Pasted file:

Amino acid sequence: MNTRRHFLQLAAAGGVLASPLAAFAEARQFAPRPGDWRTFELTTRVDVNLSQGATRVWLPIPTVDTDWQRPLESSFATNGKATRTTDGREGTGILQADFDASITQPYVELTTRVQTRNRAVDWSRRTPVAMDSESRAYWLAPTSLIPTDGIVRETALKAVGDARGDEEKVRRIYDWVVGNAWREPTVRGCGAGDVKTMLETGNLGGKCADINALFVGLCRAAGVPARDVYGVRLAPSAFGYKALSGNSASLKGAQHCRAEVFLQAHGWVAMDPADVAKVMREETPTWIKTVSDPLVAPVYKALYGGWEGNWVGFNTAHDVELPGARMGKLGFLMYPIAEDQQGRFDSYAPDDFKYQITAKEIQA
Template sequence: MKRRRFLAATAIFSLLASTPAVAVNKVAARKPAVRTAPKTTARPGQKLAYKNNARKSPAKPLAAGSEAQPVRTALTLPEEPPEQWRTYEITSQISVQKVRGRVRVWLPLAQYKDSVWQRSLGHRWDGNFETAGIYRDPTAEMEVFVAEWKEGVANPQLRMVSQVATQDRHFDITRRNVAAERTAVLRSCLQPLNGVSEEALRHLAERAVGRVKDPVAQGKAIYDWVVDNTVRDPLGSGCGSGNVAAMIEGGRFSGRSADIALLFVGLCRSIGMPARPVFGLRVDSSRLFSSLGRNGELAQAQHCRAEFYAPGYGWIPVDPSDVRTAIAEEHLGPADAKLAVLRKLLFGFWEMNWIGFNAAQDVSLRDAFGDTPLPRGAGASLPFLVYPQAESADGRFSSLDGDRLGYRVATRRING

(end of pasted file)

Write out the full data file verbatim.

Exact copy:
Amino acid sequence: MNTRRHFLQLAAAGGVLASPLAAFAEARQFAPRPGDWRTFELTTRVDVNLSQGATRVWLPIPTVDTDWQRPLESSFATNGKATRTTDGREGTGILQADFDASITQPYVELTTRVQTRNRAVDWSRRTPVAMDSESRAYWLAPTSLIPTDGIVRETALKAVGDARGDEEKVRRIYDWVVGNAWREPTVRGCGAGDVKTMLETGNLGGKCADINALFVGLCRAAGVPARDVYGVRLAPSAFGYKALSGNSASLKGAQHCRAEVFLQAHGWVAMDPADVAKVMREETPTWIKTVSDPLVAPVYKALYGGWEGNWVGFNTAHDVELPGARMGKLGFLMYPIAEDQQGRFDSYAPDDFKYQITAKEIQA
Template sequence: MKRRRFLAATAIFSLLASTPAVAVNKVAARKPAVRTAPKTTARPGQKLAYKNNARKSPAKPLAAGSEAQPVRTALTLPEEPPEQWRTYEITSQISVQKVRGRVRVWLPLAQYKDSVWQRSLGHRWDGNFETAGIYRDPTAEMEVFVAEWKEGVANPQLRMVSQVATQDRHFDITRRNVAAERTAVLRSCLQPLNGVSEEALRHLAERAVGRVKDPVAQGKAIYDWVVDNTVRDPLGSGCGSGNVAAMIEGGRFSGRSADIALLFVGLCRSIGMPARPVFGLRVDSSRLFSSLGRNGELAQAQHCRAEFYAPGYGWIPVDPSDVRTAIAEEHLGPADAKLAVLRKLLFGFWEMNWIGFNAAQDVSLRDAFGDTPLPRGAGASLPFLVYPQAESADGRFSSLDGDRLGYRVATRRING